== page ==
You may have the best website and simple buying process but the worst customer service which results in losing your customers.
Bad UX and Good CX
Alternatively, your old website may not load on new browsers, so it makes the search process a nightmare, even if you have a good sales team and customer service team. The real trick is to be excellent at both. You can always learn and improve in both CX and UX until you have a 100% conversion rate and 100% customer retention.
One of the best examples is Amazon. It is arranged with users’ personalized. The buying process is simple, and delivery is also easier when you have Amazon Prime. Additionally, it’s streamlined and easy when you want to return a product. These are the main reasons why people turn to amazon when purchasing. All these features make Amazon a great example of good UX and CX.
How Do UX and CX Work Together?
UX is an inseparable component of CX. In the age of the internet, a user’s first interaction with your brand is through your website or app, so UX is almost like the initial experience, and as you know, first impressions count. In order to create the perfect first impression for your users, you need to understand how CX and UX can work together. Here’s a list of strategies that can help you understand how to integrate these two.
- Internal communication
- End-to-end thinking
Let’s check them out together!
Make sure it’s clear how and where customers can leave their feedback. Social media channels are a great place for gathering feedback since they have become the norm for people to complain or leave feedback. Consider other technologies such as chatbots, webchat systems, or in-depth FAQ sections to collect user feedback.
If you personalize the user experience, you will have a practical UX and CX, which will provide your business with positive impressions. Find areas. where you can personalize or make the experience unique to them. You solve users’ pain points faster or offer them content tailored to them by using website personalization tools. You can also display relevant testimonials, articles, or resources to your target audience and bespoke the entire experience to them.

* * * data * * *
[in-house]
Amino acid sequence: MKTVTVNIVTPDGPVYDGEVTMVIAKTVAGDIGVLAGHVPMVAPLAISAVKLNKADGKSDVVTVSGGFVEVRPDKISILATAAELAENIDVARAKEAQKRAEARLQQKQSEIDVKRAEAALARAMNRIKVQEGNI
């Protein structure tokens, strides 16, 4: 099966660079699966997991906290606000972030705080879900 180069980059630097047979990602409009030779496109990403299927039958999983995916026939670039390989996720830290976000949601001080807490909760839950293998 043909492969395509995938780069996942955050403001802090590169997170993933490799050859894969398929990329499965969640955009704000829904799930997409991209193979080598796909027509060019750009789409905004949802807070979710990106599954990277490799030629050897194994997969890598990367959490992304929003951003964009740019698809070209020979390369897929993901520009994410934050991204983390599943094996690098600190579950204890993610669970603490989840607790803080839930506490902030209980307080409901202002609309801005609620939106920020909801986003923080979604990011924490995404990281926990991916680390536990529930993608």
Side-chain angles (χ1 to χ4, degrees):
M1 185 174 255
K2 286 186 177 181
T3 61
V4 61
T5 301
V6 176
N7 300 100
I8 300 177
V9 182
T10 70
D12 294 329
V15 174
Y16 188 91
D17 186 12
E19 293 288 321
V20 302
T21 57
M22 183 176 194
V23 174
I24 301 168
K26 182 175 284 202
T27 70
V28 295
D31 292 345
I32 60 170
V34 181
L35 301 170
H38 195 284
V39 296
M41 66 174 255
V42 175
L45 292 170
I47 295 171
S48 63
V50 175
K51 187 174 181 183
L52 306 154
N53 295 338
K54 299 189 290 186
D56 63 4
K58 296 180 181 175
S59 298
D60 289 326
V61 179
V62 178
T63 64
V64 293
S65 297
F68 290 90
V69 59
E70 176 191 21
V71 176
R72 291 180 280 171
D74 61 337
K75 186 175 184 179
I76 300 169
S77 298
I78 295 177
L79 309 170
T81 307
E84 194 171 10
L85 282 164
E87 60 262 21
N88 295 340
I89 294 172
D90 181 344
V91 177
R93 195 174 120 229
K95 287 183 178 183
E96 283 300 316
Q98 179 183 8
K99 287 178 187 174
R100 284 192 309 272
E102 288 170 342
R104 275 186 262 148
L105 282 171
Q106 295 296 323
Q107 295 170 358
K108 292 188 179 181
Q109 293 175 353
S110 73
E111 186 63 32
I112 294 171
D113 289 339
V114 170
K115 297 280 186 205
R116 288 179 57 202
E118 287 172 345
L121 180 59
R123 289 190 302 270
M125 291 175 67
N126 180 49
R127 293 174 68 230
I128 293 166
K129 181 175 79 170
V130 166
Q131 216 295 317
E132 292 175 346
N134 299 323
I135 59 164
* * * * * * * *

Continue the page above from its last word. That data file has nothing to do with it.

3. Internal Communication
The goal of CX and UX is to improve user experiences. Make sure they are aligning with your customer’s feedback which enables internal teams to improve the overall experience.
4. End to End Thinking
CX and UX both start before your customer arrives at your website or business. Have they already looked at external reviews of your company? Have you responded to them in an open discussion? Have they interpreted the language of your advertising correctly? So think about your customer’s first interaction with your brand and then create strategies on how you can make a positive experience.
Remember, the only way that you can make your customers return to your brand is to keep them satisfied. So long as you clearly understand what CX and UX mean and apply them appropriately, you may probably use the terms interchangeably. As a result, understanding various scopes of UX and having a good interpretation of CX enables you to differentiate them better.